CVSS is a vendor agnostic, industry open standard that is designed to convey vulnerability severity and to help determine urgency and priority of response. This system does not calculate the chances of being attacked, but the chances of being compromised in the event of an attack and potential severity of damage.
The latest version of CVSS is version 3.0. It solves the problem of multiple, incompatible scoring systems and is usable and understandable by anyone. CVSS was commissioned by NIAC and tasked in support of the global VDF. FIRST currently maintains it. The CVSS model is designed to provide the end user with an overall composite score representing the severity and risk of a vulnerability. It is derived from metrics and formulas. The metrics are in three distinct categories that can be quantitatively or qualitatively measured. Base metrics contain qualities that are intrinsic to any given vulnerability that do not change over time or are in different environments. Temporal metrics contain characteristics of a vulnerability that evolve over the lifetime of vulnerability. Environmental metrics contain those characteristics of a vulnerability that are tied to an implementation in a specific user’s environment.
CVSS v3.0 Base Metrics
The base metric group represents the intrinsic characteristics of a vulnerability that are constant over time and across user environments. It is composed of two sets of metrics: the exploitability metrics (attack vector, attack complexity, privileges required, user interaction, scope) and the impact metrics (confidentiality, integrity, availability).
- Attack Vector (AV): This metric reflects the context by which vulnerability exploitation is possible. This metric value and the base score will correlate with an attacker’s proximity to a vulnerable component. The score will be higher the more remote (logically and physically) an attacker is from the vulnerable component.
- Local: Exploiting the vulnerability requires either physical access to the target or a local (shell) account on the target.
- Adjacent: Exploiting the vulnerability requires access to the local network of the target, and cannot be performed across an OSI Layer 3 boundary.
- Network: The vulnerability is exploitable from remote networks. Such a vulnerability is often termed “remotely exploitable,” and can be thought of as an attack being exploitable one or more network hops away, such as across Layer 3 boundaries from routers.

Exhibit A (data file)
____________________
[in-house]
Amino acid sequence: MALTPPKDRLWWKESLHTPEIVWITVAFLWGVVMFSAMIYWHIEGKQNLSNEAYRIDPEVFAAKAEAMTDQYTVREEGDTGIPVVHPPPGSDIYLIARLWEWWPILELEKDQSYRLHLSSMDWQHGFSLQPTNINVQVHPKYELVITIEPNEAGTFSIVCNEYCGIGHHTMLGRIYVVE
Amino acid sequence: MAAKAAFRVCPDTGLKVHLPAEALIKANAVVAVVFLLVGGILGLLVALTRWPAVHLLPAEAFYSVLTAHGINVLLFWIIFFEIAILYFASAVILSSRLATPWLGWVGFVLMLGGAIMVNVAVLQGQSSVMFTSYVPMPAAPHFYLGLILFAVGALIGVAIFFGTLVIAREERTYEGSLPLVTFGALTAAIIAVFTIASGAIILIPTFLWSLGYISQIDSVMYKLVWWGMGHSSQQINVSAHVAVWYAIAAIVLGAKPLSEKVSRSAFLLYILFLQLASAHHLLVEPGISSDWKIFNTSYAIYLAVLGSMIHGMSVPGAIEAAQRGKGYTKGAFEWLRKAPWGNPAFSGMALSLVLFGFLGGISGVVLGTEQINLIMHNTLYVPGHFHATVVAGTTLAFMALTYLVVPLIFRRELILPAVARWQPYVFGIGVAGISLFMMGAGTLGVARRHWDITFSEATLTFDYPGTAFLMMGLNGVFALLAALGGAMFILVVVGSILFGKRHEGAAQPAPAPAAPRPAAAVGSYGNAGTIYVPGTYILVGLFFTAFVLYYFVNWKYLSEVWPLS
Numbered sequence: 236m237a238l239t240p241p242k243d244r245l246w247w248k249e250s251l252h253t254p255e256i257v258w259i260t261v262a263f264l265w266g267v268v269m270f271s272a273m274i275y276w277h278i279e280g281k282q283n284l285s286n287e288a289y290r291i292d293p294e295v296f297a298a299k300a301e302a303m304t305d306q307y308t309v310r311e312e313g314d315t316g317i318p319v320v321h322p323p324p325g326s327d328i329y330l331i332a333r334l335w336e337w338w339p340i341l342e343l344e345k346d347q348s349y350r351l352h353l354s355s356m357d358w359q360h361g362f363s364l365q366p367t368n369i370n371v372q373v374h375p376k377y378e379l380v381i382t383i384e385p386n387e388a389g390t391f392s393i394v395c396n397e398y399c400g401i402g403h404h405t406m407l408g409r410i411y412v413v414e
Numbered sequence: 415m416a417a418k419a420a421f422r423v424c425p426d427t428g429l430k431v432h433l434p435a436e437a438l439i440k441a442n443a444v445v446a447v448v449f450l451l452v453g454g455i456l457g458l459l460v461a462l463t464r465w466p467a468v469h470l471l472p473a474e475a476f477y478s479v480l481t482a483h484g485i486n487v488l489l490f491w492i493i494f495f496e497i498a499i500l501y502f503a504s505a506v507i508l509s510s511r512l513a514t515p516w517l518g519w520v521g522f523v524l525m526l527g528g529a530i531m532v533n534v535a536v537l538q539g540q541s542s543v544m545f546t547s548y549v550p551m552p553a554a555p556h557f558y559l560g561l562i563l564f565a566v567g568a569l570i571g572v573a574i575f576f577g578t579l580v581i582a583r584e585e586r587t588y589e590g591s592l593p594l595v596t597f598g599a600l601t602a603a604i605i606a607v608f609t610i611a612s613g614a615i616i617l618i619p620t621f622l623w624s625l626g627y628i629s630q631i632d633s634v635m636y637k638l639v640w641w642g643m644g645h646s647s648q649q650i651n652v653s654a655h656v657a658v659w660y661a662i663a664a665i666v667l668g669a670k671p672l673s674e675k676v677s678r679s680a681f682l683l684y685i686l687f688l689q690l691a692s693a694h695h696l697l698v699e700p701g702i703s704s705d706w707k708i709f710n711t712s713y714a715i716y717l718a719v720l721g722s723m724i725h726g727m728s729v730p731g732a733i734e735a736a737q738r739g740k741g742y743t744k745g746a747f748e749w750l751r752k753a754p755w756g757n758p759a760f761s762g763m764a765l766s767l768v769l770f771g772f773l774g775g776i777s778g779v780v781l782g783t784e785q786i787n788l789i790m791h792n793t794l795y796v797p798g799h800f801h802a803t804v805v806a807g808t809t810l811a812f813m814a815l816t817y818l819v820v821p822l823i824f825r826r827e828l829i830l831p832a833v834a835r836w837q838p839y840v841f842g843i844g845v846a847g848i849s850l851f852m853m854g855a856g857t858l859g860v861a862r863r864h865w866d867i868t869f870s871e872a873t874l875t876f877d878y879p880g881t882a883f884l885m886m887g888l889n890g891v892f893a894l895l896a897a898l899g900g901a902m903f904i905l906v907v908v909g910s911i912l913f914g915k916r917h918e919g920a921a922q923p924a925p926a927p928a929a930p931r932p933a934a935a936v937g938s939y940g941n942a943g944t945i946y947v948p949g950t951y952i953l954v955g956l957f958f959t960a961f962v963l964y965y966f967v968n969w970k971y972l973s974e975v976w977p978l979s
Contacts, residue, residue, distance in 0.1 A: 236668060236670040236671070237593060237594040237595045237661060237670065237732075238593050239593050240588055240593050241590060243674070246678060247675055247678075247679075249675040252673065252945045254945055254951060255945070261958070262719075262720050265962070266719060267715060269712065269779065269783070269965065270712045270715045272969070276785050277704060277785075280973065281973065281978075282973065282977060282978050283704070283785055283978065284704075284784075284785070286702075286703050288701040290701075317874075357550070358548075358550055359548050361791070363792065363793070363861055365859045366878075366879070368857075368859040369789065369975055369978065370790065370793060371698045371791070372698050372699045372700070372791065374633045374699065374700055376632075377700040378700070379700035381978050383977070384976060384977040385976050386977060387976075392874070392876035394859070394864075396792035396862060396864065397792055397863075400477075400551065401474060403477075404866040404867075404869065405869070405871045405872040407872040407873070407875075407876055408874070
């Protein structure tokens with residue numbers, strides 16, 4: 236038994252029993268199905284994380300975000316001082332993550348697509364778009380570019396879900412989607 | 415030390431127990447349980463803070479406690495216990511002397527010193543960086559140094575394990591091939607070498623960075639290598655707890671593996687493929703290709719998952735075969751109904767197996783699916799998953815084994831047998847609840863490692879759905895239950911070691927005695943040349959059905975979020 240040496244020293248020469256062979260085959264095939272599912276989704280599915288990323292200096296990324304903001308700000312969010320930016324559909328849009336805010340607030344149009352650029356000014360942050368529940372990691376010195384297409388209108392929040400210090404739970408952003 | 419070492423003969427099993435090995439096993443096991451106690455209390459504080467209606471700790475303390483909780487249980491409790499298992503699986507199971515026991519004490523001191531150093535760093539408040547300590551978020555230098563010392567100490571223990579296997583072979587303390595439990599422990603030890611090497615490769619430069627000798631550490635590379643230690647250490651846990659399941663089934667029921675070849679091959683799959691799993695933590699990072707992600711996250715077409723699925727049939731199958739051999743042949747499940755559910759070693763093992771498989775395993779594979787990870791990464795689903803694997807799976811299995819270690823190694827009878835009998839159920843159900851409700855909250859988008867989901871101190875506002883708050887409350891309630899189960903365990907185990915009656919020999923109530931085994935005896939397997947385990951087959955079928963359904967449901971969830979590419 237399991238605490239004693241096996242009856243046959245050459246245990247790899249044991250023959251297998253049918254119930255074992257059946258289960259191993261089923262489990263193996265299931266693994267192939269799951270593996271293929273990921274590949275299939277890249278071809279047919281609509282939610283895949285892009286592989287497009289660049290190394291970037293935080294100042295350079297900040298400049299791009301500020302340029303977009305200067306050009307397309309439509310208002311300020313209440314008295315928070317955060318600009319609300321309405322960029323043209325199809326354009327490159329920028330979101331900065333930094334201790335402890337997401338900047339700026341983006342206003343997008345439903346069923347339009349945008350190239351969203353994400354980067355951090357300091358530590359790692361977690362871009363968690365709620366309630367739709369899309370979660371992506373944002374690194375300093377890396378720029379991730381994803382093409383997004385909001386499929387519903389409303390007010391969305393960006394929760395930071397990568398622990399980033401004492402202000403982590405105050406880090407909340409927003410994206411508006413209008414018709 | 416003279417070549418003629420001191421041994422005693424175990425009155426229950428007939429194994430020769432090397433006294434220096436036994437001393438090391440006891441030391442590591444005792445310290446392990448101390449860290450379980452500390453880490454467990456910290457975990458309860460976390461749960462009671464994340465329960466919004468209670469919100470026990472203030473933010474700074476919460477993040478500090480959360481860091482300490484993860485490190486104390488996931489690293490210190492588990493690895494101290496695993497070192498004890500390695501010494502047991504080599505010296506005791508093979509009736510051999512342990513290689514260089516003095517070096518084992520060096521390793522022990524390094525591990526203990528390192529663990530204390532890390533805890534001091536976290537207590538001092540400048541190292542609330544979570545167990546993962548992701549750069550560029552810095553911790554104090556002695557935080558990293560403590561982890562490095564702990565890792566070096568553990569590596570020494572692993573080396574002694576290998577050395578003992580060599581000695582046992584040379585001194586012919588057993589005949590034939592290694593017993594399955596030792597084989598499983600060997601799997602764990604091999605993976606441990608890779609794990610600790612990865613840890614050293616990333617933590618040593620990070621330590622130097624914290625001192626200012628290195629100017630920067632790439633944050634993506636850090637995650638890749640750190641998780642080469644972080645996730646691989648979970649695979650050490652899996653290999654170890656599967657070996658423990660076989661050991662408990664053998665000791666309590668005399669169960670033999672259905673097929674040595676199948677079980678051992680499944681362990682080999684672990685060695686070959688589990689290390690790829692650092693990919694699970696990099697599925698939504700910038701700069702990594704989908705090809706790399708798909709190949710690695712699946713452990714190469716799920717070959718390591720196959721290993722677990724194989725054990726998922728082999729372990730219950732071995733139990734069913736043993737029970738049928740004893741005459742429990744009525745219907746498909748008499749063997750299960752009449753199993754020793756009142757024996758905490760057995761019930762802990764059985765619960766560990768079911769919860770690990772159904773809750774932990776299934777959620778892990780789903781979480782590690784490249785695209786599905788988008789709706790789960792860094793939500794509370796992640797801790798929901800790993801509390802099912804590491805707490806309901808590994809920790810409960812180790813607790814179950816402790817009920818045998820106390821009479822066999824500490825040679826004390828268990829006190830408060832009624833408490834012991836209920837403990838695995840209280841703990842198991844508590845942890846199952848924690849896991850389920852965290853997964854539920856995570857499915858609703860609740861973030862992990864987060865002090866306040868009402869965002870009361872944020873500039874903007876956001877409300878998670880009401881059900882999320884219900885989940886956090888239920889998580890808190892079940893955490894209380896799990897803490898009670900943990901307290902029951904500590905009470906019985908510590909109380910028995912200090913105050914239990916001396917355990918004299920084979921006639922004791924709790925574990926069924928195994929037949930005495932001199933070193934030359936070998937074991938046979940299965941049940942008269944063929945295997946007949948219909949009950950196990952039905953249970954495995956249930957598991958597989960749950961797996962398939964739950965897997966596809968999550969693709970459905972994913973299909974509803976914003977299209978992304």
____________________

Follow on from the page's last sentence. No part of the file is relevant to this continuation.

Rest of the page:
- Physical: A vulnerability exploitable with physical access requires the attacker to physically touch or manipulate the vulnerable component.
- Attack Complexity (AC): This metric describes the conditions beyond the attacker’s control that must exist in order to exploit the vulnerability.
- Low: Specialized access conditions or extenuating circumstances do not exist. An attacker can expect repeatable success against the vulnerable component.
- High: A successful attack depends on conditions beyond the attacker’s control. That is, a successful attack cannot be accomplished at will, but requires the attacker to invest in some measurable amount of effort in preparation or execution against the vulnerable component before a successful attack can be expected.
- Privileges Required (PR): This metric describes the level of privileges an attacker must possess before successfully exploiting the vulnerability.
- None: The attacker is unauthorized before attack, and therefore does not require any access to settings or files to carry out an attack.
- Low: The attacker is authorized with privileges that provide basic user capabilities that could normally affect only settings and files that are owned by a user. Alternatively, an attacker with low privileges may have the ability to cause an impact only to non-sensitive resources only.
- High: The attacker is authorized with privileges that provide significant (e.g., administrative) control over the vulnerable component that could affect component-wide settings and files.
- User Interaction (UI): This metric indicates whether or not a user other than the attacker must participate in order for the exploitation of a vulnerability to succeed.
- None: The vulnerable system can be exploited without interaction from any user.
- Required: Successful exploitation of this vulnerability requires a user to take some action before the vulnerability can be exploited.
- Scope (S): An important property that is captured by CVSS v3.0 is the ability for a vulnerability in one software component to impact resources beyond its means, or privileges. This consequence is represented by the metric authorization scope, or simply scope.
- Unchanged: An exploited vulnerability can only affect resources that are managed by the same authority. In this case, the vulnerable component and the impacted component are the same.
- Changed: An exploited vulnerability can affect resources beyond the authorization privileges that are intended by the vulnerable component. In this case, the vulnerable component and the impacted component are different.